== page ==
Connection to the World
"I don't think I would still be here
if I hadn't gotten this computer," says Wayne Willeby,
who has lived with Amyotrophic lateral sclerosis (ALS), better
known as Lou Gehrig's disease, since 1987. "My computer
lets me do so much. I had nothing to do all day except lay
and watch TV or look out the window from 1991 to 1995. In
1995, I received my first computer and I've been learning
ALS eventually caused paralysis throughout
Wayne's, body, confining him to a hospital bed. He breathes
from a ventilator and has a feeding tube for sustenance.
Before the ALS hit, Wayne lead a very full
life in Warner Robins, Georgia. He completed a tour of duty
in the Navy, and then worked 20 years for the city, maintaining
its gas and water works. Wayne is 55 years old and he's spent
33 of those years with wife, Emily Willeby who is also his
primary caregiver. The Willeby's have two grown sons, as well
as four grandsons.
The prognosis for ALS, affecting more two-thirds men than
women, is not to live for more than 2 to 7 years from onset,
but many of the 20,000 Americans who have ALS are living much
longer. In fact, Wayne is still here 16 years after his diagnosis.
A big part of longevity may be attributed
to assistive technology because assistive devices allow a
person to interact with the world. If someone is unable to
interact with their loved ones and their environment, they
are literally trapped in a very sad and solitary confinement.
Getting One's Life
It took some time, but once Wayne found a way to manipulate
a computer with an alternative mouse using eyebrow twitches,
he reconnected with the world and so many of the things he
enjoys. Wayne is glad to be back in touch and says he sometimes
"runs his eyebrow too much!"
It's important to know that there are many
ways to manipulate a computernot just with a mouse and
a healthy set of fingers. A computer can be accessed through
a head-pointer, a mouth-stick, eye-gazing, use of toes, puff
'n sip devices, and many other alternative mice or switches.
There's something for just about everyone to fight his or
her way back out of the bag!
A Few Simple Tools
The following computer components comprise a foundation for
one type of single-switch communication:
First, Wayne's eyebrow switch attaches to
a golf hat that plugs into his Sam-joystick, available from
Words +, http://www.words-plus.com/.
Sam-joystick and Sam-trackball are especially adaptable for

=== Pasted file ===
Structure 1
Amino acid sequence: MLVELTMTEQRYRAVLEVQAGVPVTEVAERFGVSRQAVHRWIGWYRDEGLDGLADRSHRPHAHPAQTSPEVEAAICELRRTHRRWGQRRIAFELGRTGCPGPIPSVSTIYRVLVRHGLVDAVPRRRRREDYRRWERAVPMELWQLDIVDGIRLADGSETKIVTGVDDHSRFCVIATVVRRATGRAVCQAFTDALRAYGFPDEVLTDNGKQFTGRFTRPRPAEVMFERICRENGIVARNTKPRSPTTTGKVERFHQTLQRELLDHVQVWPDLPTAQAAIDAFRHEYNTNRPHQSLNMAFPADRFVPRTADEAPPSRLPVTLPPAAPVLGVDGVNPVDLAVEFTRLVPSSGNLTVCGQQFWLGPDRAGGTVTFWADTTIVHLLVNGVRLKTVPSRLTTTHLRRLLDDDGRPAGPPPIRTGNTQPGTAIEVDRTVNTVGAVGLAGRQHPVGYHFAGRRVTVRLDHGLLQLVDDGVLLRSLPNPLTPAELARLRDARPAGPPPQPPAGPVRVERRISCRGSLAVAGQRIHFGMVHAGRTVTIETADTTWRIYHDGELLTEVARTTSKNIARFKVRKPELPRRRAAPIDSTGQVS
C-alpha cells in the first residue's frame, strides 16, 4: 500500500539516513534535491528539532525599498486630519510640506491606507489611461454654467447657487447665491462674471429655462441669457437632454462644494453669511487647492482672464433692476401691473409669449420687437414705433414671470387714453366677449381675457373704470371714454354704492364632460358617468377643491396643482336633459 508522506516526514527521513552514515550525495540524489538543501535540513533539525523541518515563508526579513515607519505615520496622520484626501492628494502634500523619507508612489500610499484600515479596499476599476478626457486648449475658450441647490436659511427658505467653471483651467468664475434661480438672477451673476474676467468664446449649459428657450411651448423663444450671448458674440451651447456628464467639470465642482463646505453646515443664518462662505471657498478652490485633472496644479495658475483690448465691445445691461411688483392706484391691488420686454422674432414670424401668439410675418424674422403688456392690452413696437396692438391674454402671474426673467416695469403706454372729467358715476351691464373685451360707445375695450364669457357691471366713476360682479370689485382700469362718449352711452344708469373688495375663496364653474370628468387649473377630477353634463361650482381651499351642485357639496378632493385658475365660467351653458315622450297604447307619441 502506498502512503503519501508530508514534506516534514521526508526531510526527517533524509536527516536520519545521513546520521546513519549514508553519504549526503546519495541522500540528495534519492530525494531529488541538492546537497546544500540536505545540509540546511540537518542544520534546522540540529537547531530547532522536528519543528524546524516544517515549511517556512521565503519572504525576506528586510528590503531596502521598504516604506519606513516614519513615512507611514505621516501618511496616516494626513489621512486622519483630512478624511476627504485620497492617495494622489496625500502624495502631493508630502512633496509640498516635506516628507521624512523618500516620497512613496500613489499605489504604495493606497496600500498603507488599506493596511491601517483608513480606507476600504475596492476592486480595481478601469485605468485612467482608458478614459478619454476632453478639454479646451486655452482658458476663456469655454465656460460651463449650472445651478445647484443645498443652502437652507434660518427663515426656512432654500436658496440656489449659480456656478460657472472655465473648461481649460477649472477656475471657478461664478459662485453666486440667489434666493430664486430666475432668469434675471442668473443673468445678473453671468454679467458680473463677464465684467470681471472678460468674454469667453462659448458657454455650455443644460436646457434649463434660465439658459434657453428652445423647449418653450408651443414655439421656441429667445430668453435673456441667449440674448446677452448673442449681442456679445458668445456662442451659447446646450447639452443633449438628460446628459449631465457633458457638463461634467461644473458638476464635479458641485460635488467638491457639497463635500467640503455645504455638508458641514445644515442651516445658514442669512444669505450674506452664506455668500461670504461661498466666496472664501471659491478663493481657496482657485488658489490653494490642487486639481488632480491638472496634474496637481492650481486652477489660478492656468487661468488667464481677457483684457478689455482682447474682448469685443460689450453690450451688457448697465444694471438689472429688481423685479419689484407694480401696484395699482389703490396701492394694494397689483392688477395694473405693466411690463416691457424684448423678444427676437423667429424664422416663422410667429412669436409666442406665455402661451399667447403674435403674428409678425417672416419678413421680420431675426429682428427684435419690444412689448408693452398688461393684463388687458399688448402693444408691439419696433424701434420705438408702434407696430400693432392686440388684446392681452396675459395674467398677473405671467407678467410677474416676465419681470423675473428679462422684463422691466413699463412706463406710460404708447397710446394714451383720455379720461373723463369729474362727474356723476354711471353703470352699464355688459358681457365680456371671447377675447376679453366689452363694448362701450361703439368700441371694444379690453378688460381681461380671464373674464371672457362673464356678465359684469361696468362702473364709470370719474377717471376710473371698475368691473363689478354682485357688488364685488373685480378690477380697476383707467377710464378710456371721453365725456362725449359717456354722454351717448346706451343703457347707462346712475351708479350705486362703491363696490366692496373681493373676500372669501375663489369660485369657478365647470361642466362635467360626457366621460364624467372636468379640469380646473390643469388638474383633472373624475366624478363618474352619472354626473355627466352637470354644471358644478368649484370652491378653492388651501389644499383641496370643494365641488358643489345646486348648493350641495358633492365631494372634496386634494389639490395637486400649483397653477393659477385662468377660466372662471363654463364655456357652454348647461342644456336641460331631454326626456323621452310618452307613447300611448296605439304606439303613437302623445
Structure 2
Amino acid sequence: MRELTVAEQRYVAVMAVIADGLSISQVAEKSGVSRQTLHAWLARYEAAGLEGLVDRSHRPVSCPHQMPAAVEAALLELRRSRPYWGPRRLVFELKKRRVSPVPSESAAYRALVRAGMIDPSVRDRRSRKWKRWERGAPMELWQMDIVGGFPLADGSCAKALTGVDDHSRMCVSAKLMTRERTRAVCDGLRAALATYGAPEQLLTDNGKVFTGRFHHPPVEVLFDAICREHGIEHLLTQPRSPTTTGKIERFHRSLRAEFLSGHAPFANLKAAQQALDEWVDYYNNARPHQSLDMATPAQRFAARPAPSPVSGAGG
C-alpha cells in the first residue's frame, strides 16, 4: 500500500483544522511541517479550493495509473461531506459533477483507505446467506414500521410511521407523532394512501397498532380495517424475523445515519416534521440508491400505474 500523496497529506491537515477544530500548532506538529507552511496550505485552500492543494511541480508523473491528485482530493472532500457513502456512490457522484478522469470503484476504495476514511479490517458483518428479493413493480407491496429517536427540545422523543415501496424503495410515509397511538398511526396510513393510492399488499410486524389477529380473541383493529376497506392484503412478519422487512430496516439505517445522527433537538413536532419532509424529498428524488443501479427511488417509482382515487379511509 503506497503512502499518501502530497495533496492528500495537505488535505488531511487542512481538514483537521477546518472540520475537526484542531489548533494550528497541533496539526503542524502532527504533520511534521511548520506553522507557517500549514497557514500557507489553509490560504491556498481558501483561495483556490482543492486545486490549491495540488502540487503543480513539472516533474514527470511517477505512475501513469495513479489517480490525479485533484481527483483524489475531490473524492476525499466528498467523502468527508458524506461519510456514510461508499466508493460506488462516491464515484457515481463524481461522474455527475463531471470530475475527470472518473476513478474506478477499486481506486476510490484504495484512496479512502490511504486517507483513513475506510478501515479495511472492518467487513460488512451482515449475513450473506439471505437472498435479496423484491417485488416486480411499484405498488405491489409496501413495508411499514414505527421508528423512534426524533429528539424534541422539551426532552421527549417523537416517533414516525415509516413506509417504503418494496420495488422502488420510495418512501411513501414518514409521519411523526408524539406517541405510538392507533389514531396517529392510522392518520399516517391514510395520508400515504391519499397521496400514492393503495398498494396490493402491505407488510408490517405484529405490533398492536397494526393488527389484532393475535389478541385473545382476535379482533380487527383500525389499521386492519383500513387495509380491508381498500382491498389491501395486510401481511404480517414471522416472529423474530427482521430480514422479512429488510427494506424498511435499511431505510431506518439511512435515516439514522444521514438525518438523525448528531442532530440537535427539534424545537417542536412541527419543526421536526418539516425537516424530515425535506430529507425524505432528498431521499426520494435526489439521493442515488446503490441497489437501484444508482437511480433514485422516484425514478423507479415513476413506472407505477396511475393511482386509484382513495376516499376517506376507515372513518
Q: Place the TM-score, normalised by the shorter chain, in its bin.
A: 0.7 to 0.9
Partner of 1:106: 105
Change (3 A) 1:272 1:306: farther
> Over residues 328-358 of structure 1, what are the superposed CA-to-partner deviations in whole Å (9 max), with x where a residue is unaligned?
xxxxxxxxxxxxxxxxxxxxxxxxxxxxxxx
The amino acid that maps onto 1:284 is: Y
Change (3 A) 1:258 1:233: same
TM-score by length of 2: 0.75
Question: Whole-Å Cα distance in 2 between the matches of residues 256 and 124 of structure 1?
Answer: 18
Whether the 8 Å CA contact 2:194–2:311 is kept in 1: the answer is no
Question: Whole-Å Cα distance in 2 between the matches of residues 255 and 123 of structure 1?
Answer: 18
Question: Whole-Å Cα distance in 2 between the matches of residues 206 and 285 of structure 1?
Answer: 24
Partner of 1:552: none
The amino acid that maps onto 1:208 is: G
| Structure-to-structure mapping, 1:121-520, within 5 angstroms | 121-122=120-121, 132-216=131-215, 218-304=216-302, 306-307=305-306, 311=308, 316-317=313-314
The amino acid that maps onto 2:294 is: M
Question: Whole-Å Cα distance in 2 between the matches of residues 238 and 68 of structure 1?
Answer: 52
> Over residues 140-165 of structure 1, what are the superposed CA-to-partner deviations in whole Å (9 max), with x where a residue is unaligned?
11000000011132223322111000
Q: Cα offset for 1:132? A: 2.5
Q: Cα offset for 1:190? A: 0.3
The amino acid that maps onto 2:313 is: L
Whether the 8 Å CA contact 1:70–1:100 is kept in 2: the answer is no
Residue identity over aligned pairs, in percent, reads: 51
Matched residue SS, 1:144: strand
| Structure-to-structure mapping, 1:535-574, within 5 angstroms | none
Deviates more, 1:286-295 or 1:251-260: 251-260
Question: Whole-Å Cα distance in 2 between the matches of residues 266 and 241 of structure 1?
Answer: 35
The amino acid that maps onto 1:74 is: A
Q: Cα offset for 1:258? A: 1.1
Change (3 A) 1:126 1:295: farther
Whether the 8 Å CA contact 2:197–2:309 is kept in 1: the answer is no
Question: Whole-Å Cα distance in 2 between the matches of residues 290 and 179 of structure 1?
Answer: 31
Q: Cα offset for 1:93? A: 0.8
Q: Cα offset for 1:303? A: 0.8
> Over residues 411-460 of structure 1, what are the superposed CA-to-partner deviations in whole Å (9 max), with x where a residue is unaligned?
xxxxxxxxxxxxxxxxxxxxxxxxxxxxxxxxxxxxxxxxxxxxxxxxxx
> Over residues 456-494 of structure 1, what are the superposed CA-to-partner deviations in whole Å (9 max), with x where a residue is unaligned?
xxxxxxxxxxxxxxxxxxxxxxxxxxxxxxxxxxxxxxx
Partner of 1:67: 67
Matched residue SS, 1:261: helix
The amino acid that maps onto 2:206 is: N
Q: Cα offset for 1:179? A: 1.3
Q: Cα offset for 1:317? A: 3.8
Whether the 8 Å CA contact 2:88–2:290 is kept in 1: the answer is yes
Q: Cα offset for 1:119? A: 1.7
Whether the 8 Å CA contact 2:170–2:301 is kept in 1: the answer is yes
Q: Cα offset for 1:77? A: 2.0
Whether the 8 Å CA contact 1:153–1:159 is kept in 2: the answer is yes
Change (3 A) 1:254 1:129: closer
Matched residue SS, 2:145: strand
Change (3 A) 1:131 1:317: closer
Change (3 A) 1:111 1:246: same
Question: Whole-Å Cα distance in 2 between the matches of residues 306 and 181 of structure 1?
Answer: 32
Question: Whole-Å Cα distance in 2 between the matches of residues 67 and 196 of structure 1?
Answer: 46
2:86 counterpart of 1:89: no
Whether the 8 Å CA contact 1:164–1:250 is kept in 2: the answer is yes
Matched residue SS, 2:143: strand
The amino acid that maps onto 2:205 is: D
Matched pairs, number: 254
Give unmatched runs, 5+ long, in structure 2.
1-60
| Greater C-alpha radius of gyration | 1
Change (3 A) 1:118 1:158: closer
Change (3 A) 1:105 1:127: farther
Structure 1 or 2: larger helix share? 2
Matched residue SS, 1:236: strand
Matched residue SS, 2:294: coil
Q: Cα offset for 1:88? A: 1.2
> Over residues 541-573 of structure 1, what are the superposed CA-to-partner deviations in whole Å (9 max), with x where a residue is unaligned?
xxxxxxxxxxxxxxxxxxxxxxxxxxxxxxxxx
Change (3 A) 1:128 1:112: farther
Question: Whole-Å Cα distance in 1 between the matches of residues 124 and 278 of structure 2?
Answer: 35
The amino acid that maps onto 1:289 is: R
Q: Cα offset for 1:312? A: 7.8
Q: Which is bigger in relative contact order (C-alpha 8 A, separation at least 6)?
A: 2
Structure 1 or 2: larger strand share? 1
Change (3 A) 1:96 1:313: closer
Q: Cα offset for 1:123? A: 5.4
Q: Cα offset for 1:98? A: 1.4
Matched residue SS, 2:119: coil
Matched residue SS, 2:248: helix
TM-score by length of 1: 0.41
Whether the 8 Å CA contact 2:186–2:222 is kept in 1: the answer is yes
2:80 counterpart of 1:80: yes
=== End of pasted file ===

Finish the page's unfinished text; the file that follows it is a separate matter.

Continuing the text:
single-switch use like the eyebrow switch.
Then Wayne can connect to software for navigation.
Wayne uses CrossScanner and Onscreen Keyboard, both available
through R. J. Cooper: http://www.rjcooper.com/.
Getting used to typing via software applications instead of
using one's fingers takes very little adjustment.
Onscreen is a screen display that appears
on a computer monitor, rather than a separate, physical keyboard.
The CrossScanner works like this: the first
click starts a line-scan down the screen. The next click designates
the desired vertical point. If double-click, Drag, or Text
Entry is active, an icon window pops for the user to select
a finger-scan or other options. The final click tells the
computer to move the cursor to that point and perform the
Speech software is free from Real One player-just download
and install onto your computer from the Real One Guide here:
AOL members also can download and play various, free software
programs, including Wav sounds, on http://www.aol.com
or check out CHIP Speaking Software here: http://www.chipspeaking.com/
Now Wayne can navigate his way around the
Internet, exchange email, and use synthetic speech to communicate
audibly; that's how he contacted the Infinitec Web site.
Wayne also loves music, sports, and television
and now he can download audio files, watch video clips, and
read everything. The Willeby's baby, black, pug dog, Buddy,
takes care of the rest of the entertainment. So even though
ALS is so disabling, a few simple tools mean a much better
life for Wayne and holds out hope for many others living with
ALS. If you'd like to speak with Wayne about any of the technology
he uses, contact him at: firstname.lastname@example.org.
Go to Closing The Gap to search their Resource Directory to
find other types of single-switches and alternative mice.
Closing The Gap provides a comprehensive list of assistive
devicesboth software and hardware: http://www.closingthegap.com/
Note: Infinitec Inc. does not endorse or recommend the above-mentioned
products and has no liability for the results of their use.
Infinitec Inc. has received no consideration of any type for
featuring this product on this Web site. The information offered
herein is a summary; it is not comprehensive and should be
carefully evaluated by consumers with the assistance of qualified
professionals. The intention of Infinitec Inc. is to offer
consumers a brief overview of various assistive technology
devices and their applications.